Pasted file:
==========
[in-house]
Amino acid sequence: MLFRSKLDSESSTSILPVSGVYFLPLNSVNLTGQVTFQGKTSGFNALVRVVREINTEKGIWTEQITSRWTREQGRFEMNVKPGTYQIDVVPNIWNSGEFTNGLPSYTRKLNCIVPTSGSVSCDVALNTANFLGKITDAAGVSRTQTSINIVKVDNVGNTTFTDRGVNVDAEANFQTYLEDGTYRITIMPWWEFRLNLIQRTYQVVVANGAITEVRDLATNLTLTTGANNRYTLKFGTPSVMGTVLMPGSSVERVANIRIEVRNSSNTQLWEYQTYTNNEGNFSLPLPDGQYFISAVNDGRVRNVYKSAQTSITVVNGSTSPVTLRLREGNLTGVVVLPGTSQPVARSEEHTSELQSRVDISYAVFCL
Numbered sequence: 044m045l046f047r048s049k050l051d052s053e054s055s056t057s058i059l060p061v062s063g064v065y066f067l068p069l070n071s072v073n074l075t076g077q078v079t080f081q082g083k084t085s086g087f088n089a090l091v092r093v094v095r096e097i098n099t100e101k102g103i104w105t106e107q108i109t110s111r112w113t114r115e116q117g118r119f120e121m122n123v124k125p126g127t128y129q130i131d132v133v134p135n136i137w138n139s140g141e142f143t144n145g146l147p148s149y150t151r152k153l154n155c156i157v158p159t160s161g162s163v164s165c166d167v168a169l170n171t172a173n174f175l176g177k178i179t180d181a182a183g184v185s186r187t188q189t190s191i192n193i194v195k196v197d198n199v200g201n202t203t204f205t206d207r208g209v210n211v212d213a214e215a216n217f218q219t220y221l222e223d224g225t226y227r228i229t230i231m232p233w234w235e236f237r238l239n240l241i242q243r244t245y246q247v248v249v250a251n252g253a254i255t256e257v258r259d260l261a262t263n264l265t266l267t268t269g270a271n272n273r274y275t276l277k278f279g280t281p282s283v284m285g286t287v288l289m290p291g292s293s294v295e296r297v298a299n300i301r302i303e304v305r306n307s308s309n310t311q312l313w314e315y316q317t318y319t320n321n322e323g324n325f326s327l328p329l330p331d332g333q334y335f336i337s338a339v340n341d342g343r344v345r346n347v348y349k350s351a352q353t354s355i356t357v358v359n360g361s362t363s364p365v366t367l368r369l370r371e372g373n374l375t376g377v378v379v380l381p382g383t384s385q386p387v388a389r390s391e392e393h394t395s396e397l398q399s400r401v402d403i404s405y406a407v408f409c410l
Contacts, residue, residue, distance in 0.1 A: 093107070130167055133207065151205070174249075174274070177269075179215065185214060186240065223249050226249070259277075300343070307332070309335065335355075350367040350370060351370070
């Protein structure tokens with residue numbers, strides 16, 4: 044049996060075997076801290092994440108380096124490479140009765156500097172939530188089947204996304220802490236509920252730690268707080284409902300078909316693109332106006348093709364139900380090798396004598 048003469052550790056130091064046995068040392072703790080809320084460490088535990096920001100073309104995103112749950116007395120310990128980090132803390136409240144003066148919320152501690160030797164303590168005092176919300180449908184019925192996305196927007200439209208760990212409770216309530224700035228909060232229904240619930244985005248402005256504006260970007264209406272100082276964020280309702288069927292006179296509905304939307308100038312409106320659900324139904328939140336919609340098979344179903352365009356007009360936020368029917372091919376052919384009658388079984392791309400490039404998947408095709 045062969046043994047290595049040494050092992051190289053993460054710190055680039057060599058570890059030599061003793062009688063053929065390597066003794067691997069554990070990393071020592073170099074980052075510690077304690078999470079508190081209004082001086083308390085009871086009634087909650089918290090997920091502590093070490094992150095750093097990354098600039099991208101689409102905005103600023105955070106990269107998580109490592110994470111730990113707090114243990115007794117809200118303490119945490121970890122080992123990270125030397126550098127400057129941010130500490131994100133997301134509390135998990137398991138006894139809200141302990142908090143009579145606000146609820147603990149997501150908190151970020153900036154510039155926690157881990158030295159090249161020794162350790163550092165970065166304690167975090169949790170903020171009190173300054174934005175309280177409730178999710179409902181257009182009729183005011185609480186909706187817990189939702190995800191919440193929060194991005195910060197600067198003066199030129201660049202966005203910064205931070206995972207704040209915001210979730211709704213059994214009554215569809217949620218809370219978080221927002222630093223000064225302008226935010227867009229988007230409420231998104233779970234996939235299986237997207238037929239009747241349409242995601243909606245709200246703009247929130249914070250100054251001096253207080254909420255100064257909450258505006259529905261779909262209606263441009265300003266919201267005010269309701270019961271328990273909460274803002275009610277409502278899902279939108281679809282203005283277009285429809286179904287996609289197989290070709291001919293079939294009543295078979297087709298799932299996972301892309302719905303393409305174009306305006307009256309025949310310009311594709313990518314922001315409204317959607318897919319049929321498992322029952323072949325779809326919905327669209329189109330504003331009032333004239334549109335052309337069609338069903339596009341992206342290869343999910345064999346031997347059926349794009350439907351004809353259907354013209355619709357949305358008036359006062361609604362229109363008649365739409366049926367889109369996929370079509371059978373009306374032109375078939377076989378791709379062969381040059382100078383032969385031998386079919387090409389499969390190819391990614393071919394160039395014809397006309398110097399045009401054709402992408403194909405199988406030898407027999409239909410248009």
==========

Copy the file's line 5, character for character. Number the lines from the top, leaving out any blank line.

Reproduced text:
């Protein structure tokens with residue numbers, strides 16, 4: 044049996060075997076801290092994440108380096124490479140009765156500097172939530188089947204996304220802490236509920252730690268707080284409902300078909316693109332106006348093709364139900380090798396004598 048003469052550790056130091064046995068040392072703790080809320084460490088535990096920001100073309104995103112749950116007395120310990128980090132803390136409240144003066148919320152501690160030797164303590168005092176919300180449908184019925192996305196927007200439209208760990212409770216309530224700035228909060232229904240619930244985005248402005256504006260970007264209406272100082276964020280309702288069927292006179296509905304939307308100038312409106320659900324139904328939140336919609340098979344179903352365009356007009360936020368029917372091919376052919384009658388079984392791309400490039404998947408095709 045062969046043994047290595049040494050092992051190289053993460054710190055680039057060599058570890059030599061003793062009688063053929065390597066003794067691997069554990070990393071020592073170099074980052075510690077304690078999470079508190081209004082001086083308390085009871086009634087909650089918290090997920091502590093070490094992150095750093097990354098600039099991208101689409102905005103600023105955070106990269107998580109490592110994470111730990113707090114243990115007794117809200118303490119945490121970890122080992123990270125030397126550098127400057129941010130500490131994100133997301134509390135998990137398991138006894139809200141302990142908090143009579145606000146609820147603990149997501150908190151970020153900036154510039155926690157881990158030295159090249161020794162350790163550092165970065166304690167975090169949790170903020171009190173300054174934005175309280177409730178999710179409902181257009182009729183005011185609480186909706187817990189939702190995800191919440193929060194991005195910060197600067198003066199030129201660049202966005203910064205931070206995972207704040209915001210979730211709704213059994214009554215569809217949620218809370219978080221927002222630093223000064225302008226935010227867009229988007230409420231998104233779970234996939235299986237997207238037929239009747241349409242995601243909606245709200246703009247929130249914070250100054251001096253207080254909420255100064257909450258505006259529905261779909262209606263441009265300003266919201267005010269309701270019961271328990273909460274803002275009610277409502278899902279939108281679809282203005283277009285429809286179904287996609289197989290070709291001919293079939294009543295078979297087709298799932299996972301892309302719905303393409305174009306305006307009256309025949310310009311594709313990518314922001315409204317959607318897919319049929321498992322029952323072949325779809326919905327669209329189109330504003331009032333004239334549109335052309337069609338069903339596009341992206342290869343999910345064999346031997347059926349794009350439907351004809353259907354013209355619709357949305358008036359006062361609604362229109363008649365739409366049926367889109369996929370079509371059978373009306374032109375078939377076989378791709379062969381040059382100078383032969385031998386079919387090409389499969390190819391990614393071919394160039395014809397006309398110097399045009401054709402992408403194909405199988406030898407027999409239909410248009």